Friday, April 5, 2019

Poetry Friday: Anagram Poems

Anagram poems are wily.  They seem easy, but run you ragged. Also, they come in a myriad of forms, but for this challenge, we'll stick to the variations below (Each is linked to an example.)

1. lines or stanzas with word pairs that are anagrams (composed of the same letters), or
2. lines made up of all the same set of words, or
3. when end words all use at least four letters from words in the title.

I'm also going to add this definition (found by Tanita Davis):

4. a poem which anagrams the poet's name to find a title...and any poem you can create out of said title (usually humorous.)

All that to say:  I didn't really follow these rules.  (No one is surprised, right?)

Anyway, I landed instead, on a form that combines variations #1 and #3. (Honestly, #1 was fine, but I got tired of trying to find multiple pairs. #2 seemed too hard....and not really anagram-y. And #3 seemed more like a word search game.) 

So...  instead of multiple pairs, I decided to use only ONE set of anagrams, a list of six words which all use the same letters, and I used them all as end words, too.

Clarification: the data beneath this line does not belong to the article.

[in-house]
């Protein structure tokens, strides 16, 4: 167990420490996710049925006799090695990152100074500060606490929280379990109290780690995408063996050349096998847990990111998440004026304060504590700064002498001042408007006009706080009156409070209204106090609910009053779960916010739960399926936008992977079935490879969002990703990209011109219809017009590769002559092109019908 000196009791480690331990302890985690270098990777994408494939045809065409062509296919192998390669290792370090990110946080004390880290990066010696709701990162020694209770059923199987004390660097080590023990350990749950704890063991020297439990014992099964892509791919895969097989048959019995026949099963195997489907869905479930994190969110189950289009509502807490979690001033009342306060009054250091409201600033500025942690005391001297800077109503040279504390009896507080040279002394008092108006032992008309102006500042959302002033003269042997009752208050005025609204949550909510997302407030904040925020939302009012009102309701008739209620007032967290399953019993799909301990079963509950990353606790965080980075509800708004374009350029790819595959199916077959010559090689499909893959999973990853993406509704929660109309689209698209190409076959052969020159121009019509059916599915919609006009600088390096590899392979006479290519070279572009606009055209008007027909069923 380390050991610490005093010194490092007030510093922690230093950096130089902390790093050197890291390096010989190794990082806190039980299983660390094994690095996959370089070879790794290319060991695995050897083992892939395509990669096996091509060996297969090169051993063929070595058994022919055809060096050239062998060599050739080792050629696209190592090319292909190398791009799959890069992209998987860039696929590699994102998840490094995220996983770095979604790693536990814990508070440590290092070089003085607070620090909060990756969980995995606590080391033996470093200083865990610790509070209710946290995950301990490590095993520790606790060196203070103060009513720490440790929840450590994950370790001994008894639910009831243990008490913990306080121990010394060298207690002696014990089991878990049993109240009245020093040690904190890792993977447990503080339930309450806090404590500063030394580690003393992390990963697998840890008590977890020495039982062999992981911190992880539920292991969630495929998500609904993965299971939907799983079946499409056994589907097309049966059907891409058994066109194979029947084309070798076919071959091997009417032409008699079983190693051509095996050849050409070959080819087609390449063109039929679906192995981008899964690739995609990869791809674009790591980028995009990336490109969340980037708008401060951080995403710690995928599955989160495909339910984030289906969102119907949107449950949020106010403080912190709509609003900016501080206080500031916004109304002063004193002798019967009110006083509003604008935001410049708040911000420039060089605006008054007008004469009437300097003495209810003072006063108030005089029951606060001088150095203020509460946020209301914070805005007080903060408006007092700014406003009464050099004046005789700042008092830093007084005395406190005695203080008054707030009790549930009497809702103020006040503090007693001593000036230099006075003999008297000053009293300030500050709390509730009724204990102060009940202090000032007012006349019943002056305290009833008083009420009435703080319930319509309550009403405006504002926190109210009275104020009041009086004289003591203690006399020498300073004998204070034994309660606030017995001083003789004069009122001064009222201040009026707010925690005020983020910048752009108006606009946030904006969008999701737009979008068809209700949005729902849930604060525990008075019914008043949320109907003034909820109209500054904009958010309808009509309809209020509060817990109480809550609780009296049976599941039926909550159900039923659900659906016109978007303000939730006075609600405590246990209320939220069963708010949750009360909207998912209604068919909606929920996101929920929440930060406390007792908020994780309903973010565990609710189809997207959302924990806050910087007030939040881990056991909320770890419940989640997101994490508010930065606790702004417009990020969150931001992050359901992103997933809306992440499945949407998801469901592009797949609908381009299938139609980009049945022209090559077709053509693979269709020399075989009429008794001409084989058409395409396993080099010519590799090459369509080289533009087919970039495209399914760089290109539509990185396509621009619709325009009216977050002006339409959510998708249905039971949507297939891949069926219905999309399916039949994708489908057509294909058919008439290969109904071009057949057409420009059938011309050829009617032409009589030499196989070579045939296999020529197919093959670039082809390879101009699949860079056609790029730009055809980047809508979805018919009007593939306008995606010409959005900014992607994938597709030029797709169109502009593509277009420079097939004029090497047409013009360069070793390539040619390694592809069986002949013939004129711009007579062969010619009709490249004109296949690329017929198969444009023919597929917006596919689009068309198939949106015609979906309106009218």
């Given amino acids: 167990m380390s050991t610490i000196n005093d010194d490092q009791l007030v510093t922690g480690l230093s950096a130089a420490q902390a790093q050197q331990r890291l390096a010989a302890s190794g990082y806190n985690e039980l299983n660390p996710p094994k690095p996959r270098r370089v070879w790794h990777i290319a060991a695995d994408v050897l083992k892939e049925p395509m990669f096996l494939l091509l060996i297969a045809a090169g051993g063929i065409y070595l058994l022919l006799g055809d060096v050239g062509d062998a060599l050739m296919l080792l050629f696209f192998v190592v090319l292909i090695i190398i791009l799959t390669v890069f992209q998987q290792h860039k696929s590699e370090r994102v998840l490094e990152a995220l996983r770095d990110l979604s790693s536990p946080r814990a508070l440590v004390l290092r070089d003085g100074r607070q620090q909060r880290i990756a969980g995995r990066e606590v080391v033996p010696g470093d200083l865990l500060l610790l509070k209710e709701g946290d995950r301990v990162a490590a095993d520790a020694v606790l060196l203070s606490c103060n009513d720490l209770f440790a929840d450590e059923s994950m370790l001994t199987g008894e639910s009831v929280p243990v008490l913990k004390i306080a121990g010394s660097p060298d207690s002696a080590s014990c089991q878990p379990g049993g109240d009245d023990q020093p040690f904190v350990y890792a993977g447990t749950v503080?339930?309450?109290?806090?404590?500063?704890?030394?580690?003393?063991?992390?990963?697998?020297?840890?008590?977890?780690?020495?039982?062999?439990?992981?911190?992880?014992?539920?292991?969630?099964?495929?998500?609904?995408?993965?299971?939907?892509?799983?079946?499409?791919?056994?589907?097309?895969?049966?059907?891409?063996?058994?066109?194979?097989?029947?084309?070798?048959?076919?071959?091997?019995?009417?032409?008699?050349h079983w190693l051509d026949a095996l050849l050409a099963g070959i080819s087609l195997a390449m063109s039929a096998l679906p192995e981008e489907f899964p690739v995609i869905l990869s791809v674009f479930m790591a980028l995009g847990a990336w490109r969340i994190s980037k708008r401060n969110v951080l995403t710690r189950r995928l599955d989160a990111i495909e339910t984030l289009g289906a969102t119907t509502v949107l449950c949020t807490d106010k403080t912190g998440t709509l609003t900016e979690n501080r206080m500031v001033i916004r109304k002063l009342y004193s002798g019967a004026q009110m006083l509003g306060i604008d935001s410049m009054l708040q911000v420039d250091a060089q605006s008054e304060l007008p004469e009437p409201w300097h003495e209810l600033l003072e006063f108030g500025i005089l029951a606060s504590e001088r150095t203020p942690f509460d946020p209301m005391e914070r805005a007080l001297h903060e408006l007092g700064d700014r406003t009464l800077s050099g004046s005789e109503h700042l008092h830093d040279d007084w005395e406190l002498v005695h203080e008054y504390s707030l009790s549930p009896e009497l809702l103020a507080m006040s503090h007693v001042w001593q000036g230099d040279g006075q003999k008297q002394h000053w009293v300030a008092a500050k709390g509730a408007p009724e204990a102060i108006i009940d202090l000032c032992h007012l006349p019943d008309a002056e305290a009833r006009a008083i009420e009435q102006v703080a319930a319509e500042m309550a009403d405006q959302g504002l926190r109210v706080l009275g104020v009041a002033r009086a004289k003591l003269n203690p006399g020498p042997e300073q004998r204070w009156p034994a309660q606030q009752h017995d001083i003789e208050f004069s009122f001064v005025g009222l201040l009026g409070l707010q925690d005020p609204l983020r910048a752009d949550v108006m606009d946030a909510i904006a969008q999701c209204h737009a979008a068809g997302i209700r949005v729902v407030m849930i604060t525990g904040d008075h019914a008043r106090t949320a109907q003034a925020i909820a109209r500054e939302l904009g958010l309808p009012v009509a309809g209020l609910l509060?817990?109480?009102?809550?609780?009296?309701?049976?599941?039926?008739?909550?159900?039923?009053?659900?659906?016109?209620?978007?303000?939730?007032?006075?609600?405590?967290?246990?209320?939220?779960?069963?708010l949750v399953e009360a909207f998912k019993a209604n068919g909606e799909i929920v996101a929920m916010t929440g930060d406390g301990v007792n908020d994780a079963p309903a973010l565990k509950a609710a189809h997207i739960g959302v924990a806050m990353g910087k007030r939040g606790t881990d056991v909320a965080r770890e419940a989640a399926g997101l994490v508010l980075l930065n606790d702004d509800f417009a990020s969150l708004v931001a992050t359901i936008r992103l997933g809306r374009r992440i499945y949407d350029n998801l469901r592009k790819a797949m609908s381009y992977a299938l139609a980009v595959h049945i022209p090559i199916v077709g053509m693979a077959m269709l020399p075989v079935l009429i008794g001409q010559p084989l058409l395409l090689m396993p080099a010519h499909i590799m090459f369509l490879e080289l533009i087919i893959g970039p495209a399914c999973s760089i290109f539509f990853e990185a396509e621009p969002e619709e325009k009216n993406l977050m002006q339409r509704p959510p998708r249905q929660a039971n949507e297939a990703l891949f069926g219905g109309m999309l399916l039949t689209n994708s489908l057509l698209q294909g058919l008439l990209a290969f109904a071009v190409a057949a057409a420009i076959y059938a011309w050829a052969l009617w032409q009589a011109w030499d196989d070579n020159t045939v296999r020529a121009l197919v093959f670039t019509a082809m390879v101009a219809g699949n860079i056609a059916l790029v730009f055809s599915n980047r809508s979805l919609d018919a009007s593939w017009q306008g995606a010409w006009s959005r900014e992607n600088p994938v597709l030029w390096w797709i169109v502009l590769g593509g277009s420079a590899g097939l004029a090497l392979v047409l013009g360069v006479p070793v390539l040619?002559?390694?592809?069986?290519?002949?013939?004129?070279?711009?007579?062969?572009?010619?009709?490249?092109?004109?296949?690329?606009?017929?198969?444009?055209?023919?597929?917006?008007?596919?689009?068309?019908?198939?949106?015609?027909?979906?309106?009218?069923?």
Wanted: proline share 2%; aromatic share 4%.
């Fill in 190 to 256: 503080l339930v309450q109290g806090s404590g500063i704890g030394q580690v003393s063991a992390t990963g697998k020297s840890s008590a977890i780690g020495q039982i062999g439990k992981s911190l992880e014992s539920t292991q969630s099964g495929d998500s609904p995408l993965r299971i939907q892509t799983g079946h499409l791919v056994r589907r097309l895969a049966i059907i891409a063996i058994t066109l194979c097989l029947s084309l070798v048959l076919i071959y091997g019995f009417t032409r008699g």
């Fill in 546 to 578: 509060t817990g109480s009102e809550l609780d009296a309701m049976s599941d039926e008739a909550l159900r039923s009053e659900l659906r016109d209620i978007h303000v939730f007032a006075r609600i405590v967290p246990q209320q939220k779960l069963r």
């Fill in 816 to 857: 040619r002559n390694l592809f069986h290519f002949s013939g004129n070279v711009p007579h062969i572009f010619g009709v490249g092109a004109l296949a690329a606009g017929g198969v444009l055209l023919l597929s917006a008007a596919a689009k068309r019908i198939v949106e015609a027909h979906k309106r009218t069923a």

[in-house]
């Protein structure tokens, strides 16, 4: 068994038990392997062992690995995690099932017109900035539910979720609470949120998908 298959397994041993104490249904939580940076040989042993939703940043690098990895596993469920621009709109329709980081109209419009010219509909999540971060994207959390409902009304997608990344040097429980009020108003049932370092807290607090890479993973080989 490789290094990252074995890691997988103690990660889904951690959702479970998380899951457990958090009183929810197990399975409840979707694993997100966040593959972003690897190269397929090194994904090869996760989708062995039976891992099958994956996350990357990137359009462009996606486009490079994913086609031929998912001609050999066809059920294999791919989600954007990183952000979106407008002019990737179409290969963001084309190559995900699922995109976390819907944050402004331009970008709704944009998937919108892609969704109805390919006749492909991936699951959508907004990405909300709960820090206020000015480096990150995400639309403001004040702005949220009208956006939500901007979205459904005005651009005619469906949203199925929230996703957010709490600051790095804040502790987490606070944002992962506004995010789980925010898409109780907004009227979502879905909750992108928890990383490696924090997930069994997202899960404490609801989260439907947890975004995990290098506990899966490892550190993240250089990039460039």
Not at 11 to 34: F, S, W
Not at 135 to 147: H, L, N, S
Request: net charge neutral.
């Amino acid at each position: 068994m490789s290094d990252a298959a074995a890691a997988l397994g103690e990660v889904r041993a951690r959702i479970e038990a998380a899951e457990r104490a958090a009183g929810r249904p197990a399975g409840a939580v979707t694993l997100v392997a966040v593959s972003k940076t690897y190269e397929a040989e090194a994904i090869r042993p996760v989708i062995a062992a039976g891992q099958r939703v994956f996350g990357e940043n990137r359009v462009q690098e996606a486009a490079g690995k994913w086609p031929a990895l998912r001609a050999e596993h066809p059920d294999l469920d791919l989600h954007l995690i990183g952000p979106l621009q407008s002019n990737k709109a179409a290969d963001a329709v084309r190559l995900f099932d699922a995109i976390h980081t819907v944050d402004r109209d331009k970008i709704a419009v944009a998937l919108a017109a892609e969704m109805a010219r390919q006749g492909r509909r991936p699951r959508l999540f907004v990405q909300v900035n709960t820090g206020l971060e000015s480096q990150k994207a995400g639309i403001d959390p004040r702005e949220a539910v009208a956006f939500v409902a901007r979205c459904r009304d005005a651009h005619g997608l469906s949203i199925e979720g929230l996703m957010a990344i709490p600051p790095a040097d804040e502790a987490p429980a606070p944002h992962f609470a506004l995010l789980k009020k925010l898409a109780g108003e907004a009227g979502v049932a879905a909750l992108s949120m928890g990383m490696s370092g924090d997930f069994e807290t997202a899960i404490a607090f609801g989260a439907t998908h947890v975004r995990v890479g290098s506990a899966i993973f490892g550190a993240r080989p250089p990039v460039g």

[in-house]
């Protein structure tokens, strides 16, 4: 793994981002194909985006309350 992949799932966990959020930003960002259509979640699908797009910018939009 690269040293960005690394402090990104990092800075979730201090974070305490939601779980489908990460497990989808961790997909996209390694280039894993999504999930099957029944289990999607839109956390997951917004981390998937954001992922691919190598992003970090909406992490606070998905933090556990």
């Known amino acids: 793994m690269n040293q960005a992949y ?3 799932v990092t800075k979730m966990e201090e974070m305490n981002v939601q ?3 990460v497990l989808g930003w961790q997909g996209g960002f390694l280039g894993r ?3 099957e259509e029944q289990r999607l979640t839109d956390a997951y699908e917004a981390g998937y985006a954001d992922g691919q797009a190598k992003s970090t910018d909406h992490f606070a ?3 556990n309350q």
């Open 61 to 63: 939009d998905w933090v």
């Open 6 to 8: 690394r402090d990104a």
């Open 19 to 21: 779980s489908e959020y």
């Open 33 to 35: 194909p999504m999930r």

Oh, AND I learned a new word.

From Creative Joys

Forgive me, I never knew your name

Unsung, sepal
props bud as it leaps
to bloom after long lapse,

sturdily bells to full calyx, but pleas
for love are unheard peals.
Beside blossoms, all pales.

----Sara Lewis Holmes (all rights reserved)

More about sepals here (one of the four basic parts of a flower, how could I not know?)

And for more beautiful pictures of sepals by one who obviously DOES appreciate them, please see here.

Readers, I confess: the temptation to go silly was strong.  I made myself attempt a "serious" poem first.  Then I indulged in Variation #4.  Yes, I anagrammed my own name.  Found a title.  Wrote a poem to match.

 by Sara Lewis Holmes

For sale! For sale!
A simar or two….modest shifts for you and you!
Or is it better hawked as “wispy” dress?
Or say, a trailing scarf? Brought in at yonder wharf?
Or maybe it’s actually a jacket? With fur-lined placket?
Definitions diverge. Still, prices low. Splurge!

I'm saving you from my other anagram title:  "I am Showerless, Al."

My poetry sisters anagram poems (of all variations) can be found here:


Poetry Friday is hosted today by the delightful Karen Edmisten.